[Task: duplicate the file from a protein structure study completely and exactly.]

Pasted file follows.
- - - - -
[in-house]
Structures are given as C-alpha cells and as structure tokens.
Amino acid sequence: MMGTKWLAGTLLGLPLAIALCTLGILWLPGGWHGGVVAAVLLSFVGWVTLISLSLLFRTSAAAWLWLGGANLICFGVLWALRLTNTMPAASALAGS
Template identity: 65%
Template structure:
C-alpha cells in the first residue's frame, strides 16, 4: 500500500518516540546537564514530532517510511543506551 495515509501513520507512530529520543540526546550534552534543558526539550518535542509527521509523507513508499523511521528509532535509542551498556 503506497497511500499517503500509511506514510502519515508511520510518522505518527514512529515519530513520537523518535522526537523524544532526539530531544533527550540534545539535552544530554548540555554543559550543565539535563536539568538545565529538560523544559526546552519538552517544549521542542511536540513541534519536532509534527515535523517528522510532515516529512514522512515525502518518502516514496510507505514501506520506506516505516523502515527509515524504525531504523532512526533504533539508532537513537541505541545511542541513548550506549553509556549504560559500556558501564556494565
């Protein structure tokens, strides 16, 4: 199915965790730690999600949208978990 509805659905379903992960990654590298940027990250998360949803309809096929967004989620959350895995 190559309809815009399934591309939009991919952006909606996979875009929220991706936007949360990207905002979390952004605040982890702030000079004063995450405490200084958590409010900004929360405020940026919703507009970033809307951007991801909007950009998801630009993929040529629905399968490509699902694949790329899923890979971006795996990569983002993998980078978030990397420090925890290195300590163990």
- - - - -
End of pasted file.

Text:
[in-house]
Structures are given as C-alpha cells and as structure tokens.
Amino acid sequence: MMGTKWLAGTLLGLPLAIALCTLGILWLPGGWHGGVVAAVLLSFVGWVTLISLSLLFRTSAAAWLWLGGANLICFGVLWALRLTNTMPAASALAGS
Template identity: 65%
Template structure:
C-alpha cells in the first residue's frame, strides 16, 4: 500500500518516540546537564514530532517510511543506551 495515509501513520507512530529520543540526546550534552534543558526539550518535542509527521509523507513508499523511521528509532535509542551498556 503506497497511500499517503500509511506514510502519515508511520510518522505518527514512529515519530513520537523518535522526537523524544532526539530531544533527550540534545539535552544530554548540555554543559550543565539535563536539568538545565529538560523544559526546552519538552517544549521542542511536540513541534519536532509534527515535523517528522510532515516529512514522512515525502518518502516514496510507505514501506520506506516505516523502515527509515524504525531504523532512526533504533539508532537513537541505541545511542541513548550506549553509556549504560559500556558501564556494565
């Protein structure tokens, strides 16, 4: 199915965790730690999600949208978990 509805659905379903992960990654590298940027990250998360949803309809096929967004989620959350895995 190559309809815009399934591309939009991919952006909606996979875009929220991706936007949360990207905002979390952004605040982890702030000079004063995450405490200084958590409010900004929360405020940026919703507009970033809307951007991801909007950009998801630009993929040529629905399968490509699902694949790329899923890979971006795996990569983002993998980078978030990397420090925890290195300590163990």